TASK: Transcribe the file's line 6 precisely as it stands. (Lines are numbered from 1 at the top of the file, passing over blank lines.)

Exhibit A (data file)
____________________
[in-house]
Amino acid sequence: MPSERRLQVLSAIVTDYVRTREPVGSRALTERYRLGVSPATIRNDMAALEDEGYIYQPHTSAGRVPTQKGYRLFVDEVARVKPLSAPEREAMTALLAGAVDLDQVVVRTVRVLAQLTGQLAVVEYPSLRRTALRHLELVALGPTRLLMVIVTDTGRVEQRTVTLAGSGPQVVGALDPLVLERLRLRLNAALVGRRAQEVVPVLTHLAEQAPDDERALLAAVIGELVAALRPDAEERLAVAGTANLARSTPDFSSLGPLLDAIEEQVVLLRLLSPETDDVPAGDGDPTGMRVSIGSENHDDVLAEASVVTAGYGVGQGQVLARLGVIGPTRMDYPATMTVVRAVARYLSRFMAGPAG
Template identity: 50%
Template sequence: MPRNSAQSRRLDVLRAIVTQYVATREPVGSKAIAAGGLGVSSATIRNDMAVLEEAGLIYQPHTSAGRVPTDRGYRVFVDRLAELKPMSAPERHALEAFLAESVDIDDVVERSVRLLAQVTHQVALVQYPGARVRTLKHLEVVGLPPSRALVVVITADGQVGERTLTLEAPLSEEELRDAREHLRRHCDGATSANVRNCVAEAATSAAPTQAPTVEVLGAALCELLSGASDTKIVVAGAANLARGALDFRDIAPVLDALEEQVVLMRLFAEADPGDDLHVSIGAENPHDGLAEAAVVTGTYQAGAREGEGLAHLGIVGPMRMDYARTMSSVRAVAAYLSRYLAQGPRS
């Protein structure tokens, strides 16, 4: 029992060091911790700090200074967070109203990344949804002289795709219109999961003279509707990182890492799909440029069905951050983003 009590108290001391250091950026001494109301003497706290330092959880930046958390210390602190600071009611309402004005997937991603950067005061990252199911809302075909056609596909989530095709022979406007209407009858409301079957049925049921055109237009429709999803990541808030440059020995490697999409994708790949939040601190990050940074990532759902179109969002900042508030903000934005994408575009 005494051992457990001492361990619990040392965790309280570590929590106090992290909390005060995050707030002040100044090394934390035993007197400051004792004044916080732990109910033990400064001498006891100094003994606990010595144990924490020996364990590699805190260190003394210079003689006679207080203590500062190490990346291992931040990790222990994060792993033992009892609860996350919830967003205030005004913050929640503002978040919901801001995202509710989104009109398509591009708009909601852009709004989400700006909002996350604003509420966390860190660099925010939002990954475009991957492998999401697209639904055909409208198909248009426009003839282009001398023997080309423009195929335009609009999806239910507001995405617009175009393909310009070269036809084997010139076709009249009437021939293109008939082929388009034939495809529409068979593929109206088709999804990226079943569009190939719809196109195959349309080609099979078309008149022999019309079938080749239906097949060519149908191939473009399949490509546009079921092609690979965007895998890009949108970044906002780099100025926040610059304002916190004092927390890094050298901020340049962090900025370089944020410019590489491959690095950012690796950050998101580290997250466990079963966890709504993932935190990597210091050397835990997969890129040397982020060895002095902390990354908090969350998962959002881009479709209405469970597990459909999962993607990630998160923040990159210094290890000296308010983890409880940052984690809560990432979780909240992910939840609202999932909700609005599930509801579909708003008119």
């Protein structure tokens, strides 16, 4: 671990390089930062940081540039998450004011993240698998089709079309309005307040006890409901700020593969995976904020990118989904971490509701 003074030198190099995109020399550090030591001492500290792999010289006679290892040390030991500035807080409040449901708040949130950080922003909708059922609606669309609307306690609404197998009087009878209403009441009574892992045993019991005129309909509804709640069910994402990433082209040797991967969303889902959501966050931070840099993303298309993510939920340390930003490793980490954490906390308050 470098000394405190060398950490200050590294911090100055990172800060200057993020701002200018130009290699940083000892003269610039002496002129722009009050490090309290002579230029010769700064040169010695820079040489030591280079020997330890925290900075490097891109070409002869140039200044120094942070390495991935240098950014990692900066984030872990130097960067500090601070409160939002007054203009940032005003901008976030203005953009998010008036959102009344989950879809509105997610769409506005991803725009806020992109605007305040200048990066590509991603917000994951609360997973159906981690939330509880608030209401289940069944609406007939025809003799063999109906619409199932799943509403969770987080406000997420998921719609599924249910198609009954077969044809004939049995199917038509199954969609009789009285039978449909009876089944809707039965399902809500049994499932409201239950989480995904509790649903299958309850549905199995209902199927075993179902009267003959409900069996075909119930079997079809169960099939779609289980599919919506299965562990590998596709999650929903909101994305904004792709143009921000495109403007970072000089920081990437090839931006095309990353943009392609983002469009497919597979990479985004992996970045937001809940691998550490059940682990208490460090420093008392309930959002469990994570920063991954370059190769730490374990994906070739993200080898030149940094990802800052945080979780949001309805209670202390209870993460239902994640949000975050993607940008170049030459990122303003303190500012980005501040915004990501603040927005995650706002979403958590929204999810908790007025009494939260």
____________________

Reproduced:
């Protein structure tokens, strides 16, 4: 671990390089930062940081540039998450004011993240698998089709079309309005307040006890409901700020593969995976904020990118989904971490509701 003074030198190099995109020399550090030591001492500290792999010289006679290892040390030991500035807080409040449901708040949130950080922003909708059922609606669309609307306690609404197998009087009878209403009441009574892992045993019991005129309909509804709640069910994402990433082209040797991967969303889902959501966050931070840099993303298309993510939920340390930003490793980490954490906390308050 470098000394405190060398950490200050590294911090100055990172800060200057993020701002200018130009290699940083000892003269610039002496002129722009009050490090309290002579230029010769700064040169010695820079040489030591280079020997330890925290900075490097891109070409002869140039200044120094942070390495991935240098950014990692900066984030872990130097960067500090601070409160939002007054203009940032005003901008976030203005953009998010008036959102009344989950879809509105997610769409506005991803725009806020992109605007305040200048990066590509991603917000994951609360997973159906981690939330509880608030209401289940069944609406007939025809003799063999109906619409199932799943509403969770987080406000997420998921719609599924249910198609009954077969044809004939049995199917038509199954969609009789009285039978449909009876089944809707039965399902809500049994499932409201239950989480995904509790649903299958309850549905199995209902199927075993179902009267003959409900069996075909119930079997079809169960099939779609289980599919919506299965562990590998596709999650929903909101994305904004792709143009921000495109403007970072000089920081990437090839931006095309990353943009392609983002469009497919597979990479985004992996970045937001809940691998550490059940682990208490460090420093008392309930959002469990994570920063991954370059190769730490374990994906070739993200080898030149940094990802800052945080979780949001309805209670202390209870993460239902994640949000975050993607940008170049030459990122303003303190500012980005501040915004990501603040927005995650706002979403958590929204999810908790007025009494939260």